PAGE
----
By David Israel
problem with Internet dating is not meeting people; it's knowing
when to stop meeting people. I should know, because for all
intents and purposes, I met my fiancé online. And while sure,
some part of finding your other half is simply perseverance and
ultimate good fortune, another, perhaps larger part, is knowing
the best game plan. Just like in hockey, the way a coach has to
know when to pull his goalie, so must those who subscribe to online
dating services know when to pull their profiles.
scene is your average corporate office floor in midtown Manhattan,
a little over a year ago: Fluorescent light fixtures recess into
drop ceilings. Prefab squares of textured, split-pea green, glued-down
carpet cover concrete floors. Cubicle walls cut the vast interior
space creating a maze of semi-private cubbies. Each enclave is outfitted
with the exact same desk, filing cabinet, computer monitor, ergonomically
correct high back chair, phone and stapler. Vice-presidents can
be heard rifling off emails on their keyboards. Assistants can be
overheard on the phone setting up meetings for their bosses, arranging
lunches, booking hotels overseas, or discussing the difficulties
of finding quality reconstructive hair conditioners at affordable
Meanwhile, I'm busy answering an email from a new girl I've made
contact with through my online dating service. Her name is Jamie.
She's a Columbia grad with subscriptions to both US Weekly
and The Economist. She likes "titanium surfaces,"
has "small wrists and ankles," and "a thing for browsing
ethnic grocery stores." From the photos she's posted and the
previous emails I've received, she represents herself to be a savvy,
good-looking, talented architect who's had her fill of players,
who's grown weary of the tall, dark, and hand-somebody-else-your-commitment-issue
I like her style. I like it a lot. But I don't want to come on too
strong too soon. Twenty-seven new profiles of gals between the ages
of 26 and 36, over five foot three inches tall, and within a 10
mile radius of my zip code have already signed up for the service
since I logged on yesterday. And one of them is an exceedingly attractive
book agent (this appeals to the novelist-wannabe in me, big time).
Plus, two other girls have sent me winks, smiles, or teases over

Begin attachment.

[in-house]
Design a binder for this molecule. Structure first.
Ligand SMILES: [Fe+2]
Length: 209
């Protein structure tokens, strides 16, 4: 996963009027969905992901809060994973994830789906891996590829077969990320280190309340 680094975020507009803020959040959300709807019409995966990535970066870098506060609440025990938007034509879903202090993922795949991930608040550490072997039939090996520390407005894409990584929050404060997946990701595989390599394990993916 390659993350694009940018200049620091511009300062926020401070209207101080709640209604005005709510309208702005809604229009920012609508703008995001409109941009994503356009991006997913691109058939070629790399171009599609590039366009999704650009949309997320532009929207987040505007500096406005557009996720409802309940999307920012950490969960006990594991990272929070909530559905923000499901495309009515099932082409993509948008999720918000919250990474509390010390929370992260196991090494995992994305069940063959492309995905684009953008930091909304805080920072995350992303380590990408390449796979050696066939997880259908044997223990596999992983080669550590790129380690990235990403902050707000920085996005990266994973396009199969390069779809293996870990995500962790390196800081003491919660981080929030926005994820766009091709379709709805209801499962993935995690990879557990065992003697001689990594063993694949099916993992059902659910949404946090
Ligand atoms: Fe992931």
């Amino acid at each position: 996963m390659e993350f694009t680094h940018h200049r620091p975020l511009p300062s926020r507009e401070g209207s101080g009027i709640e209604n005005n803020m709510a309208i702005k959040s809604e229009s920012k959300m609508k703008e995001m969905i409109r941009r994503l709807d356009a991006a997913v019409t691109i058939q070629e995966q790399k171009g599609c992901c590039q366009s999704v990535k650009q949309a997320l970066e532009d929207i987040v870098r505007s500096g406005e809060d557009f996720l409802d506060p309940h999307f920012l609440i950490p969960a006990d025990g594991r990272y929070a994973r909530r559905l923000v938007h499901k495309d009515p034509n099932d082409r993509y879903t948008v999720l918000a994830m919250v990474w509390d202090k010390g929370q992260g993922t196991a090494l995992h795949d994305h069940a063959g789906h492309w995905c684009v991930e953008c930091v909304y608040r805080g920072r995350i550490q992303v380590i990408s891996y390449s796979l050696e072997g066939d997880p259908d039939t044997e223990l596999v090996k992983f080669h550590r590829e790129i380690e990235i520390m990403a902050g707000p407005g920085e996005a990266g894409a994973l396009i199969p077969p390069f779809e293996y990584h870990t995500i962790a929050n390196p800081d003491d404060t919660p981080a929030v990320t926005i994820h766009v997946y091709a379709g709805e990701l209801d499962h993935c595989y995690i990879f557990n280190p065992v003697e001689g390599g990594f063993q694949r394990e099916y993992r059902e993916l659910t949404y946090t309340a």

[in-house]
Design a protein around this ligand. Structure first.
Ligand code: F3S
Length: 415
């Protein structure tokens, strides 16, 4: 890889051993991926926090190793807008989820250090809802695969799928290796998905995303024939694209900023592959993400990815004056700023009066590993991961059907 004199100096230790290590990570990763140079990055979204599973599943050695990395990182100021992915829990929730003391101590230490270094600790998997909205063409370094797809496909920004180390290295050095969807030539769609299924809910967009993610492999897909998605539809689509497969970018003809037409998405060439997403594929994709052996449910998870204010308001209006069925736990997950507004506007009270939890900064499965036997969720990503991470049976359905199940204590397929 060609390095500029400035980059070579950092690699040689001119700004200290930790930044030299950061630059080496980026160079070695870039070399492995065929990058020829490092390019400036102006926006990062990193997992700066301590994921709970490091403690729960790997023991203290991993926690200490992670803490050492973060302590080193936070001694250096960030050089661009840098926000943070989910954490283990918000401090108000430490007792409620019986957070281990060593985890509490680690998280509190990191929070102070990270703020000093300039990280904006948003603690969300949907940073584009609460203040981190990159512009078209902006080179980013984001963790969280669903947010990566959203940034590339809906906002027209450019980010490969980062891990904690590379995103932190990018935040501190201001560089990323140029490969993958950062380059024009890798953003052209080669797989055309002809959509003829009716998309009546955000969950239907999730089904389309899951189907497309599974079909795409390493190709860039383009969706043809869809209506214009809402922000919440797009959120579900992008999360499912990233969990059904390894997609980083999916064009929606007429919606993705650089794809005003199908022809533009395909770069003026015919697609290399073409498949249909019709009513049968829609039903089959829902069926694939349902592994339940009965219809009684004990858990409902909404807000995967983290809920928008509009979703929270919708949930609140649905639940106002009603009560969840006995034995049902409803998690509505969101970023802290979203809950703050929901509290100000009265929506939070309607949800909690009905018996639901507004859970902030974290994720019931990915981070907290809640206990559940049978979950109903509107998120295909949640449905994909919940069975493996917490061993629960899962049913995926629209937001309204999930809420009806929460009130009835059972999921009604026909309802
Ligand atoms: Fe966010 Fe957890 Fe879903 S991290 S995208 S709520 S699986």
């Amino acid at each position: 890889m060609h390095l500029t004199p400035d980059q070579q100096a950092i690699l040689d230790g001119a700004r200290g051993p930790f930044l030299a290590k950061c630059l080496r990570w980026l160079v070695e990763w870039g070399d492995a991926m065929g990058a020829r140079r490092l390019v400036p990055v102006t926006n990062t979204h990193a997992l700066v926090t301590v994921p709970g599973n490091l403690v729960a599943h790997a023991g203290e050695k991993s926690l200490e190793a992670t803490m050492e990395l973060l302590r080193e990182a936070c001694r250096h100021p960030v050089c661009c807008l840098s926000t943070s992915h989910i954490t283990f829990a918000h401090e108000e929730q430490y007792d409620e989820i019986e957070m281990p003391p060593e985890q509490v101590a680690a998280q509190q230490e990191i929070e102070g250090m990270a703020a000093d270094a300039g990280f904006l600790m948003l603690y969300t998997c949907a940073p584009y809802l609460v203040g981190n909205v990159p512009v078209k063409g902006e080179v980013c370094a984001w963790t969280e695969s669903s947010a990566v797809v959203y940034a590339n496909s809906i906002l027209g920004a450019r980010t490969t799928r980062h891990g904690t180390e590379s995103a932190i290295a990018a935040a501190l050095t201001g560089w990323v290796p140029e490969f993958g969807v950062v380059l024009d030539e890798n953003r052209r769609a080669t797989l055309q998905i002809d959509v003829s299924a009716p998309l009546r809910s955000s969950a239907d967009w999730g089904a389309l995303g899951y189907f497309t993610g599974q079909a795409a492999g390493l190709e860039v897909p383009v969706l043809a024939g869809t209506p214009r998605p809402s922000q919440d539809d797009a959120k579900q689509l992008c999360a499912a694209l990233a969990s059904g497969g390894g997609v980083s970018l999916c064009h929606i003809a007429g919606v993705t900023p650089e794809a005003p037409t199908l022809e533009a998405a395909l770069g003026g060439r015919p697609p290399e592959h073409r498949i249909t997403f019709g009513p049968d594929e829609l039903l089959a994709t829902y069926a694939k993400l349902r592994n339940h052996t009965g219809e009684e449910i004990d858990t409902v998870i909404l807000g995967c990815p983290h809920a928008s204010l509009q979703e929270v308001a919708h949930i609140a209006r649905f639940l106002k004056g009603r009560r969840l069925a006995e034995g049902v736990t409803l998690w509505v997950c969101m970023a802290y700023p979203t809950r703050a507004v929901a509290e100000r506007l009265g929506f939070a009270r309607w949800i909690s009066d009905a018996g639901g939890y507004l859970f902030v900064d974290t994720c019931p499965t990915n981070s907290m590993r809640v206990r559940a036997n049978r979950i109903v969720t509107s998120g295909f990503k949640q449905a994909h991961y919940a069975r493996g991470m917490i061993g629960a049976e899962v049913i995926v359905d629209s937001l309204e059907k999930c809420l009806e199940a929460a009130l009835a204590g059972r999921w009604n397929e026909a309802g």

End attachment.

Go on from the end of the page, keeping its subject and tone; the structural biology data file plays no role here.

the last hour and I haven't even had time to check out their profiles
yet. So I play it cool.
I agree, we should move this thing to the phone, and I thank you
for trusting me with your digits. But may I suggest holding off
another few days? Maybe get to know each other a little more here,
on email, before hearing each other's voices?
It's not that I don't want to speak to her. On the contrary: Past
experience has definitely taught me the importance of making vox-contact
early on. (This, after I fell madly in love with NYLAWYER75 over
email only to discover on our first date that her voice was the
missing link between Miss Piggy's and a Black & Decker power
drill.) But I've also learned that once the ten-minute phone conversation
is initiated (most online daters know proper first-phone-call etiquette:
keep it to ten minutes), precipitating actual human contact, it's
pretty hard to wiggle your way out of a real, live, date. Email,
on the other hand, while being a solid avenue for revealing one's
dislike of the present administration's environmental policies,
is still a cold and sterile enough environment to abruptly disengage
-- to put an end to it all without reason, to drop off the face
of the Net, to disappear into the ether. This has happened at one
time or another to everyone who's ever tried online dating. And
while it's a definitive and immediate blow to the ego when it happens
to you, once you've done it to someone else, it seems almost acceptable.
"Eh, whatever," you justify. "It wouldn't have worked
out anyway. I could never get serious with someone who doesn't know
the difference between your and you're."
the afternoon, when Jamie hasn't responded to my above email, I
begin to get a little worried. Like maybe I shouldn't have balked
at the phone offer. Like maybe she's now moved on to the next guy
on her list, the one who doesn't have trouble switching from email
to phone so quickly.
I bring it up on my therapist's couch later that day.
"The problem is that there's always going to be new profiles
on there," I say as I stare out her office window at the lower
With a tone of voice that suggests she already knows the answer
to her question, she asks, "And why is that a problem?"
"Supposing I settle for Girl A," I explain, "and
begin to fall for her. I could be missing out on a new girl, say
Girl E, who has A's beauty, B's IQ, C's sense of humor and D's summer
house in the Berkshires."
"True, but what if Girl E has bad breath? Or several Yanni
CDs?" (My therapist is a hoot.) "What then? Girl F?"
"See that's the thing: I'm sure there is a Girl F out
there, and sometimes I feel that if I hold out long enough, she'll
show up on my results page."
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